Live to love. Love to drum. Drum with love.
In rhythm’s spirit,
PS Hope to see you this Saturday at 4PM on The Banks of the River Charles. Please try to bring your drums, a chair, your hat, a little jacket, and all the love you have to share.
A true djembe master is humble. I have never met a master drummer who was not humble. I have met good drummers who were arrogant but never a master. To get to the level of being a djembe master you have to be humble, kind and respectful to everyone. A master has to open his heart to all people and life.
This is a very important piece of information for anyone on the spiritual path of djembe drumming. You cannot play the djembe well without opening your heart. All of the masters will acknowledge this fact. Some people may feel this is a nice idea but in reality it all comes down to raw talent and how many hours you put into the practice of the drum. I beg to differ here. I have never met a djembe player with a bad attitude who I can consider to be a master drummer. I truly believe this to be an impossibility.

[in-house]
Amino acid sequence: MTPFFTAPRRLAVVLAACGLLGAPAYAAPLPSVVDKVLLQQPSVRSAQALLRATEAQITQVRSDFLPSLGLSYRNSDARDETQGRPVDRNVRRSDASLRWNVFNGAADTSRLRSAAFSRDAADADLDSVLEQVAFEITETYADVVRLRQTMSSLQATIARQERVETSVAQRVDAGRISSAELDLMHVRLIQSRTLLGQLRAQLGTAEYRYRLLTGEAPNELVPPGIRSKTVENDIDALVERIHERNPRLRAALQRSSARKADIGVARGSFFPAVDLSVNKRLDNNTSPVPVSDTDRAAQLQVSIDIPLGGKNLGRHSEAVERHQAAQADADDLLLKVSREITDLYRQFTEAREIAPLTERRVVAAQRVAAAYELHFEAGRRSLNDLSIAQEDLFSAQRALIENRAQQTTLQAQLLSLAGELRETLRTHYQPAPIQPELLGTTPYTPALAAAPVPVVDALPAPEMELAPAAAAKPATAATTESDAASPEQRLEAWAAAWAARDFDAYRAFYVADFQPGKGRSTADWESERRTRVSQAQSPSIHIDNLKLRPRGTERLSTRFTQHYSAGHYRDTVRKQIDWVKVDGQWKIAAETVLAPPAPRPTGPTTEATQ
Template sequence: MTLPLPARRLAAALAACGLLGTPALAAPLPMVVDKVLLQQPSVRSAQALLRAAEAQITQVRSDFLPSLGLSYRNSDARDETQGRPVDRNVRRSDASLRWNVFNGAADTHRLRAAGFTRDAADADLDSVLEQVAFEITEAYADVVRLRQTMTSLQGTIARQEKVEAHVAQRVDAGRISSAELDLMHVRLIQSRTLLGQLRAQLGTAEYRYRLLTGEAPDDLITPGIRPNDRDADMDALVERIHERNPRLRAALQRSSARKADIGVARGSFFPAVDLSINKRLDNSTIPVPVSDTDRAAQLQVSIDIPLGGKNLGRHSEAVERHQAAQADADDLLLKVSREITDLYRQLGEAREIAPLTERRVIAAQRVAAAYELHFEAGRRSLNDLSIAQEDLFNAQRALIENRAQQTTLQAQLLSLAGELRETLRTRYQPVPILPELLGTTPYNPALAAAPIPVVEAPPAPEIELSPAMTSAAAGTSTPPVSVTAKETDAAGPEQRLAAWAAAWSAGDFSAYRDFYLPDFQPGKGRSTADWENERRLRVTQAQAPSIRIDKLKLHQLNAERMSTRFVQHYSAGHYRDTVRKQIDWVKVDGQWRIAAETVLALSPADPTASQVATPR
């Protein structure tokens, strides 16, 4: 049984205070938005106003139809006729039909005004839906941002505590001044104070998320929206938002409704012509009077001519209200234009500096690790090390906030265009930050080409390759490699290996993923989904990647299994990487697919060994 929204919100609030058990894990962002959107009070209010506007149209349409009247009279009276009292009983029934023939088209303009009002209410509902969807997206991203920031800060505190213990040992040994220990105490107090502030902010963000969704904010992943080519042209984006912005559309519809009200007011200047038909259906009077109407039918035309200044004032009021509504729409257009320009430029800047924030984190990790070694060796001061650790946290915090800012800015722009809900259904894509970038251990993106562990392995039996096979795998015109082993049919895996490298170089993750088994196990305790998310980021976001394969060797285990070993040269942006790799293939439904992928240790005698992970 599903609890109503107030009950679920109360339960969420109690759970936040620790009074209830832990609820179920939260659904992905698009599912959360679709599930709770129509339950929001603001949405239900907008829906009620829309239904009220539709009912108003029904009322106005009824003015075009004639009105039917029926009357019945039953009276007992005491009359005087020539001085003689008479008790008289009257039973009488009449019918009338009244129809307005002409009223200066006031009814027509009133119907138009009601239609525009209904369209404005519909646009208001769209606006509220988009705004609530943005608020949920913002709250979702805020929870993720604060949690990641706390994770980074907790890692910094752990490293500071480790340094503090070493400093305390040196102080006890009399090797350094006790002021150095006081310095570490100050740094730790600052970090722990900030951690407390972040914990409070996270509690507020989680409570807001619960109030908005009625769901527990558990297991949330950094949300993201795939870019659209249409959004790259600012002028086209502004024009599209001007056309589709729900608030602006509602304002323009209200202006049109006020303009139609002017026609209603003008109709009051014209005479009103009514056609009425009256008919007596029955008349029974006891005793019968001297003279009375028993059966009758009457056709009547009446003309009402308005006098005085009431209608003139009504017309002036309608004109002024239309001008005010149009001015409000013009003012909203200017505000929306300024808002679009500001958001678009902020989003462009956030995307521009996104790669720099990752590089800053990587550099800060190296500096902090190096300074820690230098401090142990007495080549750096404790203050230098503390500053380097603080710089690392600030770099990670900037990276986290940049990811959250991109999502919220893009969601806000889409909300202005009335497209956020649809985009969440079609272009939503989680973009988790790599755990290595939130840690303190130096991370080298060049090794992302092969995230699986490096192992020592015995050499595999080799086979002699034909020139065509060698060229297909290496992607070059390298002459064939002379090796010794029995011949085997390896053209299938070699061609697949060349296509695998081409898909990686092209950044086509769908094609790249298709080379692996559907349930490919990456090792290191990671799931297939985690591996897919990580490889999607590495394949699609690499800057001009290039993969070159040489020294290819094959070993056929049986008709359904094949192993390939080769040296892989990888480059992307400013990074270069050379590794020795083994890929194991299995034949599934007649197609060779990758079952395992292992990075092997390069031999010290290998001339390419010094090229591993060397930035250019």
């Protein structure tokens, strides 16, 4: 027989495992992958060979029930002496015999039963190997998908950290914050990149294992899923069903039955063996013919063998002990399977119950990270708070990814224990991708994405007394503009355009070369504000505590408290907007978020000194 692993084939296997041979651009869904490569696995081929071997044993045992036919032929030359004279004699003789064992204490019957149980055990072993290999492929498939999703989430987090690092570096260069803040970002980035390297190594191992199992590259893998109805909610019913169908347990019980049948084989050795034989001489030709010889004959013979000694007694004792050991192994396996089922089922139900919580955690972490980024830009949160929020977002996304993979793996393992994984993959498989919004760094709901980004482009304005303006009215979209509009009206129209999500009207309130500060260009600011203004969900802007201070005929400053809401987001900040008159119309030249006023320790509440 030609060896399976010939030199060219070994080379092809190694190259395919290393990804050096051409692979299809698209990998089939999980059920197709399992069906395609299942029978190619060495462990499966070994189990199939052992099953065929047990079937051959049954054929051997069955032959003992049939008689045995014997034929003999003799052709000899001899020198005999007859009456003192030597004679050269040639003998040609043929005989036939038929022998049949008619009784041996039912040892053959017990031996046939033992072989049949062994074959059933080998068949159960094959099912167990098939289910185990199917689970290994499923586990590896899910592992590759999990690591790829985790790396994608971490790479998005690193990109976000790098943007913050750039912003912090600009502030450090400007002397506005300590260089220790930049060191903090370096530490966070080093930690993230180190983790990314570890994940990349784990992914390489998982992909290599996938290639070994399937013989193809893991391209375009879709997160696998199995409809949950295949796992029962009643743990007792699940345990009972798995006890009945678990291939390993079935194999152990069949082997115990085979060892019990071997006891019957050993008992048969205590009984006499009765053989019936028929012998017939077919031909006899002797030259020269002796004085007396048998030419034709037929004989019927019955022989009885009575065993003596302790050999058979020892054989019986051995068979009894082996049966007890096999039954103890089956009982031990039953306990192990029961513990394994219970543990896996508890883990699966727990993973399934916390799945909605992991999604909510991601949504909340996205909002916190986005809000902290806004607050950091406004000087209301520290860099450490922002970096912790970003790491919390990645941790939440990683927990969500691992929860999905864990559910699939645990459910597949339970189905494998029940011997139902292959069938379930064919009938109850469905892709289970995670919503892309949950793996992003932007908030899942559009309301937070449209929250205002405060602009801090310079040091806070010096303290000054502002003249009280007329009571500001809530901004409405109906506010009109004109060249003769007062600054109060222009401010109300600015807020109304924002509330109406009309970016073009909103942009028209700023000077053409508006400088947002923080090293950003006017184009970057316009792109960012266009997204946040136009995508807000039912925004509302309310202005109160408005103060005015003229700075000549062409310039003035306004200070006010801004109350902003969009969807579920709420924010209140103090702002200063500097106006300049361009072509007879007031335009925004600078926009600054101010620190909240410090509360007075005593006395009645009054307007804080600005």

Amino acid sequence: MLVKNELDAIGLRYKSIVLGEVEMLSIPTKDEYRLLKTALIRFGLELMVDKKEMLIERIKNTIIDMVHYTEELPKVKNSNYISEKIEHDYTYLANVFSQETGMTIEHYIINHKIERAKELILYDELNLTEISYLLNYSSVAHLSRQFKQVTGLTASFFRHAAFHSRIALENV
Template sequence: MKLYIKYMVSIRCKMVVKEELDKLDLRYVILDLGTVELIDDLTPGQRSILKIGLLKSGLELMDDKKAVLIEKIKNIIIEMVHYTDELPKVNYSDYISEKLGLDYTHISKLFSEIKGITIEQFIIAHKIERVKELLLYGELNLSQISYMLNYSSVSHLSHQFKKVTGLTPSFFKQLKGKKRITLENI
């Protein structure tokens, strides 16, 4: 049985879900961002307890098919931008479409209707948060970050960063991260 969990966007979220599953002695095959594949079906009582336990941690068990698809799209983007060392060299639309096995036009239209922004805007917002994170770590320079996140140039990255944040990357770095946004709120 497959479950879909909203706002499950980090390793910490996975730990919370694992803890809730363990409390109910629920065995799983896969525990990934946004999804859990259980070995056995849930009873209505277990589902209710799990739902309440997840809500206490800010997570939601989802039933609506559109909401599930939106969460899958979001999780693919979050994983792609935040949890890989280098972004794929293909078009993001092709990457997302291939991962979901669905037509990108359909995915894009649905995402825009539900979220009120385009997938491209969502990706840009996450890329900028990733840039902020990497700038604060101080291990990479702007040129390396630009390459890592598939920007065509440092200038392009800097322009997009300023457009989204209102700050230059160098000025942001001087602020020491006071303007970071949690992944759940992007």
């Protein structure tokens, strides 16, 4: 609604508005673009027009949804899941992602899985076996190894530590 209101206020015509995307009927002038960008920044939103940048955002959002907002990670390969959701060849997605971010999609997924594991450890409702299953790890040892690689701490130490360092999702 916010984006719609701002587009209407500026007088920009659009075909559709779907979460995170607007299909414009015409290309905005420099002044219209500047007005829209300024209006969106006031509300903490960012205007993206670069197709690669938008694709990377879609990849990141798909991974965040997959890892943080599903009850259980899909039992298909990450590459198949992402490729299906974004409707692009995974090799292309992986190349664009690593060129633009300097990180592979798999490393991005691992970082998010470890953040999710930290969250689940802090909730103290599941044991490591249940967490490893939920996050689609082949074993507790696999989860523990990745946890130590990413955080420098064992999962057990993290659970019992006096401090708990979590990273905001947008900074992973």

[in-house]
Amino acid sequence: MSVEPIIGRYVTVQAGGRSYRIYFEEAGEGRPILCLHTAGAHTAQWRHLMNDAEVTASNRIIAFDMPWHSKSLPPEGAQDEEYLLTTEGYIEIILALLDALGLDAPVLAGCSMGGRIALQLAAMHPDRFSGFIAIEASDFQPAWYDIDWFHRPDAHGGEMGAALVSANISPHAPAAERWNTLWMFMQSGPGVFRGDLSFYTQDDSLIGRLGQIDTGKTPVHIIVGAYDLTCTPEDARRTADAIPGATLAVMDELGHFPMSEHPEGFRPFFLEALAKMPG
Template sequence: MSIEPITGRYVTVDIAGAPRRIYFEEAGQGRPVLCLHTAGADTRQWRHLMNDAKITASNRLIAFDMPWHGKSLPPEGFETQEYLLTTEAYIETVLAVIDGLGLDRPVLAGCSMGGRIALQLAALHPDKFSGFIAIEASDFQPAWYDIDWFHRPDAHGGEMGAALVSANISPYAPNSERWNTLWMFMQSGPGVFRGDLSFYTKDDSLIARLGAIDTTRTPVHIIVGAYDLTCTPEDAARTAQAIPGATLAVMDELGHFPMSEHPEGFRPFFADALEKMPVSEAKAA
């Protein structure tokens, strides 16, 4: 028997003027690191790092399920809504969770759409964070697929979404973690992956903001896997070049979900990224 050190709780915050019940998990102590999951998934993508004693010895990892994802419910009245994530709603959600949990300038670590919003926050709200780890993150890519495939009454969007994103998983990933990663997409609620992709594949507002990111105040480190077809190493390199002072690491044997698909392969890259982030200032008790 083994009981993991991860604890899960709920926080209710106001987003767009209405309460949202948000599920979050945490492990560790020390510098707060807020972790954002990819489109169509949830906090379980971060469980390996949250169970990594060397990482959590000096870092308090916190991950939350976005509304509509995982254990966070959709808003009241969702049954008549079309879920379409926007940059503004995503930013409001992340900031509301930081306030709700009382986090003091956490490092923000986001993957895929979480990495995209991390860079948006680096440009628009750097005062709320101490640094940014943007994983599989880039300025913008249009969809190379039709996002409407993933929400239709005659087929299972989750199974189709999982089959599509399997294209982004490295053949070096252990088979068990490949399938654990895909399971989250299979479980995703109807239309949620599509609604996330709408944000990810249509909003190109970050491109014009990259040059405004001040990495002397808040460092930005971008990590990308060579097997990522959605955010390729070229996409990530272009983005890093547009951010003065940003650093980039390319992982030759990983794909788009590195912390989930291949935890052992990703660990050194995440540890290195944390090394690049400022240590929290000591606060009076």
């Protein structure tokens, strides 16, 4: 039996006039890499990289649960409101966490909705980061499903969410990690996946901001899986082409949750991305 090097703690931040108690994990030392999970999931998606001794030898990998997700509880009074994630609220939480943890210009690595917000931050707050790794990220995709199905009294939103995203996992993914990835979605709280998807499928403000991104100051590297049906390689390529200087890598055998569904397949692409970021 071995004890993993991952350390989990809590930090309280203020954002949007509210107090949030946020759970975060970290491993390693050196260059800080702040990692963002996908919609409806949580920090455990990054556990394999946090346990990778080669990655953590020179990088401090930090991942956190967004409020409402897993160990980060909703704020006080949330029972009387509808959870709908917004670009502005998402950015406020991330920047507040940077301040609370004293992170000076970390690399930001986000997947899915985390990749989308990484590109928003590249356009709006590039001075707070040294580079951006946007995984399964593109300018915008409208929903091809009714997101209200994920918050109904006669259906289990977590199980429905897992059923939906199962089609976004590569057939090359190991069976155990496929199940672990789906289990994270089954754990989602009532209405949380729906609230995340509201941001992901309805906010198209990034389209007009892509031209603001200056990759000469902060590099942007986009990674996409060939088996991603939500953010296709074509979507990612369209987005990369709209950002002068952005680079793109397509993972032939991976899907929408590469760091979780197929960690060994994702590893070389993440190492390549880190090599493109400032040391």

The djembe is a clean drum. The spirit of the djembe is clean. One cannot play djembe well without the spirit. The spirit will never come into a dirty vessel. If you are truly a good person and you are kind with everyone you have a chance to be a master djembe player. All that is left is that you dig for the truth, study and practice a lot.
It doesn’t matter what color your skin is. God made different colors because variety is beautiful look at the rainbow. The djembe is a drum of unity not separation. It brings people together in friendship, happiness and healing. This is the power of the djembe that truly attracts people.